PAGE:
All You Need to Know About HDF vs MDF

by Pooja Dara | December 13, 2023 | 7 mins read

hdf vs mdf: find the difference

Read on to find out what makes HDF stand out from the rest of the construction materials.

Fiberboard consists of wood fibre (engineered wood) pressed with an adhesive resin binder under high heat and pressure. It is popular in the interior design market owing to reasons such as:

  • It is versatile as it is available in various densities and thicknesses depending upon its usage. 
  • It is strong, which allows the manufacturers to maintain quality assurance & cost-effectiveness. 
  • It can be sanded/painted and easily drilled/cut as and when the need arises. 
  • It is lighter than solid wood and provides excellent acoustic performance. 

A question often arises during the purchase decision process is whether to choose High Density Fiberboard (HDF) versus Medium Density Fiberboard (MDF). Here is a low-down on their properties to help you judge better:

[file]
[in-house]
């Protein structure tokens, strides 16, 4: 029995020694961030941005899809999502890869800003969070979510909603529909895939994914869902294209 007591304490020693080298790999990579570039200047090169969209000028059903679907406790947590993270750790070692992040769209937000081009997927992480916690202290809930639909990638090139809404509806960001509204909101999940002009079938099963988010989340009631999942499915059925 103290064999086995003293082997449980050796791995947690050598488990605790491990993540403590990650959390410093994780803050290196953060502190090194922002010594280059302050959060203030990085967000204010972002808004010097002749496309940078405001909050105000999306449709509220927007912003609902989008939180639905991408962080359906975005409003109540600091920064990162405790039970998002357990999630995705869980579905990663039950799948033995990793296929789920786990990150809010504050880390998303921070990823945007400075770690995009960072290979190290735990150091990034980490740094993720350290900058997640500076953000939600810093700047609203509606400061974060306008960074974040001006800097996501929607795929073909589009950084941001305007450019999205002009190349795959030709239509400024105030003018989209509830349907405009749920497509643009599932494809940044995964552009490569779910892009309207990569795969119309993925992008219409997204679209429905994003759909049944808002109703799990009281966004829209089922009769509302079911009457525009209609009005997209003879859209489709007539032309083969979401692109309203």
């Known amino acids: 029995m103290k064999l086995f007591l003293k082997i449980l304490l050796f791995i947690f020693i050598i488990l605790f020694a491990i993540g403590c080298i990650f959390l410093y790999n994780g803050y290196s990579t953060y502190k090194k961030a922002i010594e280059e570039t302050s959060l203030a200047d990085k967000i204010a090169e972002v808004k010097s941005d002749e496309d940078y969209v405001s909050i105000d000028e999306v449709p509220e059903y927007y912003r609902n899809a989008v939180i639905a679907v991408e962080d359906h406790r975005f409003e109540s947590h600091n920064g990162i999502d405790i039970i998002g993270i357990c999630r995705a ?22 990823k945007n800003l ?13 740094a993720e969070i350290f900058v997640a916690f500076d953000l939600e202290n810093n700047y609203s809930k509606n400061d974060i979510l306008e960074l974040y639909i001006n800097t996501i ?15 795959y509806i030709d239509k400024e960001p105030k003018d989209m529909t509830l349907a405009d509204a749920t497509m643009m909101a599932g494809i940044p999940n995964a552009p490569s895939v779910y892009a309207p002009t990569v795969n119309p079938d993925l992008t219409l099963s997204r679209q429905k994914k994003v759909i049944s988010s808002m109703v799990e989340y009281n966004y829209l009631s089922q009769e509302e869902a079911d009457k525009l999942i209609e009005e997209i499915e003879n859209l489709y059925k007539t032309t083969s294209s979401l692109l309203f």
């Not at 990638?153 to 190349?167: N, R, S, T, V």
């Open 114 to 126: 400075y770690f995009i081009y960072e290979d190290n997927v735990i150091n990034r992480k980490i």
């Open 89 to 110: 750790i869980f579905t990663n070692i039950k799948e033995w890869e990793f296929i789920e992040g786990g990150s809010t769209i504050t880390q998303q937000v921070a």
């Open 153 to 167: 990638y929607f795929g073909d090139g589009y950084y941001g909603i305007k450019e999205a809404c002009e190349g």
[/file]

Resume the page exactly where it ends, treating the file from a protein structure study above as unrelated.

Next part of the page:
HDF (High-Density Fiberboard) Material Properties

  • It has a smooth surface and is resistant to fluctuations in humidity & temperature. 
  • It has a uniform density, higher strength and resilience than particle board. 
  • It is cheaper than solid wood but has no natural wood grain aesthetic.
  • It can be used for structural elements like wall panels, furniture, flooring, shelves and cabinets.
  • It is moisture-resistant but not waterproof, so it should be ‘sealed’ to combat water damage.
  • It can be utilised mainly in the kitchen, living/dining area and bedrooms. 
  • It is highly durable, impact-resistant, flexible and environment-friendly. 
  • It has another upgraded version – High-definition HDF. 
HDF wood: Smooth surface, moisture-resistant, perfect for furniture, cabinets, shelves, and more
HDF-panelled TV showcase & shelving looks elegant